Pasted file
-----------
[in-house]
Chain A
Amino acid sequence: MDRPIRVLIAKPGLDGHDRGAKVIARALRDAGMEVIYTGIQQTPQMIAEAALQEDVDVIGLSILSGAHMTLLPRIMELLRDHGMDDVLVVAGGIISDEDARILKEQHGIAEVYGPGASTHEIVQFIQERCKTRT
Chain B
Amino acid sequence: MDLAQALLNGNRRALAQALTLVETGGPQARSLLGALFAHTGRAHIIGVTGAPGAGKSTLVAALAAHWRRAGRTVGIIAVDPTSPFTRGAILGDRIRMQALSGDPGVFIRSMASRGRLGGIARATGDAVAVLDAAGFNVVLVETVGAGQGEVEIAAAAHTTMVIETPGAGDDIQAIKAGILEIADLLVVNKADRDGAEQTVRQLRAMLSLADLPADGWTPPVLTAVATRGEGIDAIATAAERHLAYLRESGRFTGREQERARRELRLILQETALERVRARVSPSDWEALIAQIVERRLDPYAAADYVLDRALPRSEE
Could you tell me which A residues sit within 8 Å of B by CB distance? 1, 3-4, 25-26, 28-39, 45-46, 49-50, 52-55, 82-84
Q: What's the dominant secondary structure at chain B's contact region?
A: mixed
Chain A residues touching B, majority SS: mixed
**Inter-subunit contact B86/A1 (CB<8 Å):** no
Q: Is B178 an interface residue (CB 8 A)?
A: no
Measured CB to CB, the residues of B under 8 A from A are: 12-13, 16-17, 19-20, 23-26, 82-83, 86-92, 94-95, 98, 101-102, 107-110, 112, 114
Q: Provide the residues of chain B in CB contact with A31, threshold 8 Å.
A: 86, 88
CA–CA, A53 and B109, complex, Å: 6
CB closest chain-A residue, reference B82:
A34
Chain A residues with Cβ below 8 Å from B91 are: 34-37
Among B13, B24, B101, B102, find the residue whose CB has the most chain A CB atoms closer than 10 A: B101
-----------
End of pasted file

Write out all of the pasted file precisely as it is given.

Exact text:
[in-house]
Chain A
Amino acid sequence: MDRPIRVLIAKPGLDGHDRGAKVIARALRDAGMEVIYTGIQQTPQMIAEAALQEDVDVIGLSILSGAHMTLLPRIMELLRDHGMDDVLVVAGGIISDEDARILKEQHGIAEVYGPGASTHEIVQFIQERCKTRT
Chain B
Amino acid sequence: MDLAQALLNGNRRALAQALTLVETGGPQARSLLGALFAHTGRAHIIGVTGAPGAGKSTLVAALAAHWRRAGRTVGIIAVDPTSPFTRGAILGDRIRMQALSGDPGVFIRSMASRGRLGGIARATGDAVAVLDAAGFNVVLVETVGAGQGEVEIAAAAHTTMVIETPGAGDDIQAIKAGILEIADLLVVNKADRDGAEQTVRQLRAMLSLADLPADGWTPPVLTAVATRGEGIDAIATAAERHLAYLRESGRFTGREQERARRELRLILQETALERVRARVSPSDWEALIAQIVERRLDPYAAADYVLDRALPRSEE
Could you tell me which A residues sit within 8 Å of B by CB distance? 1, 3-4, 25-26, 28-39, 45-46, 49-50, 52-55, 82-84
Q: What's the dominant secondary structure at chain B's contact region?
A: mixed
Chain A residues touching B, majority SS: mixed
**Inter-subunit contact B86/A1 (CB<8 Å):** no
Q: Is B178 an interface residue (CB 8 A)?
A: no
Measured CB to CB, the residues of B under 8 A from A are: 12-13, 16-17, 19-20, 23-26, 82-83, 86-92, 94-95, 98, 101-102, 107-110, 112, 114
Q: Provide the residues of chain B in CB contact with A31, threshold 8 Å.
A: 86, 88
CA–CA, A53 and B109, complex, Å: 6
CB closest chain-A residue, reference B82:
A34
Chain A residues with Cβ below 8 Å from B91 are: 34-37
Among B13, B24, B101, B102, find the residue whose CB has the most chain A CB atoms closer than 10 A: B101